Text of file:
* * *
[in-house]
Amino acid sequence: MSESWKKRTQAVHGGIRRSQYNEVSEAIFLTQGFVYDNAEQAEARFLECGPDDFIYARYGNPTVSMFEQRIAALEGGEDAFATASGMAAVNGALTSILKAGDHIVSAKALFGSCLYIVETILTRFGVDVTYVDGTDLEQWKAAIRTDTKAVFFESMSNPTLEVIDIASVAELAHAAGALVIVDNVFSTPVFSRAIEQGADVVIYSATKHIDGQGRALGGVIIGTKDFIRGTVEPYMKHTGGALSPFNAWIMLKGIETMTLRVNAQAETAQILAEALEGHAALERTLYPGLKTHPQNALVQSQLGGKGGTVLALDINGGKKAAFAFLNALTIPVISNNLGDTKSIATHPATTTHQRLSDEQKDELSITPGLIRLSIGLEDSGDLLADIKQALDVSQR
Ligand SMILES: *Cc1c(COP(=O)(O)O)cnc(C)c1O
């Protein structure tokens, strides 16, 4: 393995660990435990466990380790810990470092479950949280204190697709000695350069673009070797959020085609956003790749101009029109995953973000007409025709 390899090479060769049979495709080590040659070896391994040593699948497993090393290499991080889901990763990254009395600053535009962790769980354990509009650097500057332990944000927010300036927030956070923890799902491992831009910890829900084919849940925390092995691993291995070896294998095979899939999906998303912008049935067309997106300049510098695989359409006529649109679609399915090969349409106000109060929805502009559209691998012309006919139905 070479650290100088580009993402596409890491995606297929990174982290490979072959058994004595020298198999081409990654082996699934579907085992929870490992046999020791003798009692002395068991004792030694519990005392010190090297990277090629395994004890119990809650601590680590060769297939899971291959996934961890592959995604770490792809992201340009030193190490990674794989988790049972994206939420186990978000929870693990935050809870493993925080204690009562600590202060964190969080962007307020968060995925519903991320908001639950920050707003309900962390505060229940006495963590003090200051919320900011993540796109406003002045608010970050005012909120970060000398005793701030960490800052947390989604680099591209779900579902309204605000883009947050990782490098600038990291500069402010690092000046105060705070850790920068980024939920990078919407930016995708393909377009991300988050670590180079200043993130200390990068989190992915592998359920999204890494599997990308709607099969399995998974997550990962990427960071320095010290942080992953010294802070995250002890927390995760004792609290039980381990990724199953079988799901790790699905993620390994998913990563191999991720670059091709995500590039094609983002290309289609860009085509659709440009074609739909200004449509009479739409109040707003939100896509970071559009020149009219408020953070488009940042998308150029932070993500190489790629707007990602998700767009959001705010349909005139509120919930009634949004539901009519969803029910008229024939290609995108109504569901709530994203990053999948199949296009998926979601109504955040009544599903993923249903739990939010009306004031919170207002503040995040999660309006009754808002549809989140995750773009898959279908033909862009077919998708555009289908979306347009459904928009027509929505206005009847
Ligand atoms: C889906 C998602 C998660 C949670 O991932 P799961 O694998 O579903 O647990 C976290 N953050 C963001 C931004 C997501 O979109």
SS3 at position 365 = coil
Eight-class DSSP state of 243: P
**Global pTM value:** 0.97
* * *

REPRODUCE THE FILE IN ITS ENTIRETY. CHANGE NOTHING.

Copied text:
[in-house]
Amino acid sequence: MSESWKKRTQAVHGGIRRSQYNEVSEAIFLTQGFVYDNAEQAEARFLECGPDDFIYARYGNPTVSMFEQRIAALEGGEDAFATASGMAAVNGALTSILKAGDHIVSAKALFGSCLYIVETILTRFGVDVTYVDGTDLEQWKAAIRTDTKAVFFESMSNPTLEVIDIASVAELAHAAGALVIVDNVFSTPVFSRAIEQGADVVIYSATKHIDGQGRALGGVIIGTKDFIRGTVEPYMKHTGGALSPFNAWIMLKGIETMTLRVNAQAETAQILAEALEGHAALERTLYPGLKTHPQNALVQSQLGGKGGTVLALDINGGKKAAFAFLNALTIPVISNNLGDTKSIATHPATTTHQRLSDEQKDELSITPGLIRLSIGLEDSGDLLADIKQALDVSQR
Ligand SMILES: *Cc1c(COP(=O)(O)O)cnc(C)c1O
């Protein structure tokens, strides 16, 4: 393995660990435990466990380790810990470092479950949280204190697709000695350069673009070797959020085609956003790749101009029109995953973000007409025709 390899090479060769049979495709080590040659070896391994040593699948497993090393290499991080889901990763990254009395600053535009962790769980354990509009650097500057332990944000927010300036927030956070923890799902491992831009910890829900084919849940925390092995691993291995070896294998095979899939999906998303912008049935067309997106300049510098695989359409006529649109679609399915090969349409106000109060929805502009559209691998012309006919139905 070479650290100088580009993402596409890491995606297929990174982290490979072959058994004595020298198999081409990654082996699934579907085992929870490992046999020791003798009692002395068991004792030694519990005392010190090297990277090629395994004890119990809650601590680590060769297939899971291959996934961890592959995604770490792809992201340009030193190490990674794989988790049972994206939420186990978000929870693990935050809870493993925080204690009562600590202060964190969080962007307020968060995925519903991320908001639950920050707003309900962390505060229940006495963590003090200051919320900011993540796109406003002045608010970050005012909120970060000398005793701030960490800052947390989604680099591209779900579902309204605000883009947050990782490098600038990291500069402010690092000046105060705070850790920068980024939920990078919407930016995708393909377009991300988050670590180079200043993130200390990068989190992915592998359920999204890494599997990308709607099969399995998974997550990962990427960071320095010290942080992953010294802070995250002890927390995760004792609290039980381990990724199953079988799901790790699905993620390994998913990563191999991720670059091709995500590039094609983002290309289609860009085509659709440009074609739909200004449509009479739409109040707003939100896509970071559009020149009219408020953070488009940042998308150029932070993500190489790629707007990602998700767009959001705010349909005139509120919930009634949004539901009519969803029910008229024939290609995108109504569901709530994203990053999948199949296009998926979601109504955040009544599903993923249903739990939010009306004031919170207002503040995040999660309006009754808002549809989140995750773009898959279908033909862009077919998708555009289908979306347009459904928009027509929505206005009847
Ligand atoms: C889906 C998602 C998660 C949670 O991932 P799961 O694998 O579903 O647990 C976290 N953050 C963001 C931004 C997501 O979109």
SS3 at position 365 = coil
Eight-class DSSP state of 243: P
**Global pTM value:** 0.97